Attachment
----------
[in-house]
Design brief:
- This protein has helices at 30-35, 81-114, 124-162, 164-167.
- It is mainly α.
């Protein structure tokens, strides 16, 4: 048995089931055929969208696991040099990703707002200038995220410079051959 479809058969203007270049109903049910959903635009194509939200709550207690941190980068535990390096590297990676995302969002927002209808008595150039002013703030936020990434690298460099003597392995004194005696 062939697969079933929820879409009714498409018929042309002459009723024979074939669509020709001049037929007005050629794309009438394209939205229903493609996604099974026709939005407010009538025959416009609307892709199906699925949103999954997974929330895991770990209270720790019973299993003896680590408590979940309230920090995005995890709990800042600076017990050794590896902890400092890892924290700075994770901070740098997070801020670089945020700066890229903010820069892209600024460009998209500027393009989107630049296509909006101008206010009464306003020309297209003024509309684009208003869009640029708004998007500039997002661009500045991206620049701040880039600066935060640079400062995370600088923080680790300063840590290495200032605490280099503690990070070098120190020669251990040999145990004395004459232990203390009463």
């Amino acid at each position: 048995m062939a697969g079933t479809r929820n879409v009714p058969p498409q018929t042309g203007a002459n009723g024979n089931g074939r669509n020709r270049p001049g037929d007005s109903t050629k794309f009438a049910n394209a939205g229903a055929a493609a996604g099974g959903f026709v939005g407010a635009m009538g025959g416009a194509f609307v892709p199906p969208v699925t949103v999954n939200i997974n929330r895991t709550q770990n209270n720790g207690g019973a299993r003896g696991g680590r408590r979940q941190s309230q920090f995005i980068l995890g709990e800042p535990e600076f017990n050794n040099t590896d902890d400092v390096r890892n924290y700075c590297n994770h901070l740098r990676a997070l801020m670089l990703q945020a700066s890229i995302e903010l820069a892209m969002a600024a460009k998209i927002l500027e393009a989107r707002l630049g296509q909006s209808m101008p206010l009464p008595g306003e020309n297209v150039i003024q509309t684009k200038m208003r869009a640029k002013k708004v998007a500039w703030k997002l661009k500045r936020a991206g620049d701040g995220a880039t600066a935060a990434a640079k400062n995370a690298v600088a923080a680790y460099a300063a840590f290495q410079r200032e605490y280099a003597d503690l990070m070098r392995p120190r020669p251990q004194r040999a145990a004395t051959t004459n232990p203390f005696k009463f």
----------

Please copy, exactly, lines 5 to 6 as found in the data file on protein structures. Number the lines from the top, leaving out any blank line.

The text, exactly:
């Protein structure tokens, strides 16, 4: 048995089931055929969208696991040099990703707002200038995220410079051959 479809058969203007270049109903049910959903635009194509939200709550207690941190980068535990390096590297990676995302969002927002209808008595150039002013703030936020990434690298460099003597392995004194005696 062939697969079933929820879409009714498409018929042309002459009723024979074939669509020709001049037929007005050629794309009438394209939205229903493609996604099974026709939005407010009538025959416009609307892709199906699925949103999954997974929330895991770990209270720790019973299993003896680590408590979940309230920090995005995890709990800042600076017990050794590896902890400092890892924290700075994770901070740098997070801020670089945020700066890229903010820069892209600024460009998209500027393009989107630049296509909006101008206010009464306003020309297209003024509309684009208003869009640029708004998007500039997002661009500045991206620049701040880039600066935060640079400062995370600088923080680790300063840590290495200032605490280099503690990070070098120190020669251990040999145990004395004459232990203390009463």
């Amino acid at each position: 048995m062939a697969g079933t479809r929820n879409v009714p058969p498409q018929t042309g203007a002459n009723g024979n089931g074939r669509n020709r270049p001049g037929d007005s109903t050629k794309f009438a049910n394209a939205g229903a055929a493609a996604g099974g959903f026709v939005g407010a635009m009538g025959g416009a194509f609307v892709p199906p969208v699925t949103v999954n939200i997974n929330r895991t709550q770990n209270n720790g207690g019973a299993r003896g696991g680590r408590r979940q941190s309230q920090f995005i980068l995890g709990e800042p535990e600076f017990n050794n040099t590896d902890d400092v390096r890892n924290y700075c590297n994770h901070l740098r990676a997070l801020m670089l990703q945020a700066s890229i995302e903010l820069a892209m969002a600024a460009k998209i927002l500027e393009a989107r707002l630049g296509q909006s209808m101008p206010l009464p008595g306003e020309n297209v150039i003024q509309t684009k200038m208003r869009a640029k002013k708004v998007a500039w703030k997002l661009k500045r936020a991206g620049d701040g995220a880039t600066a935060a990434a640079k400062n995370a690298v600088a923080a680790y460099a300063a840590f290495q410079r200032e605490y280099a003597d503690l990070m070098r392995p120190r020669p251990q004194r040999a145990a004395t051959t004459n232990p203390f005696k009463f």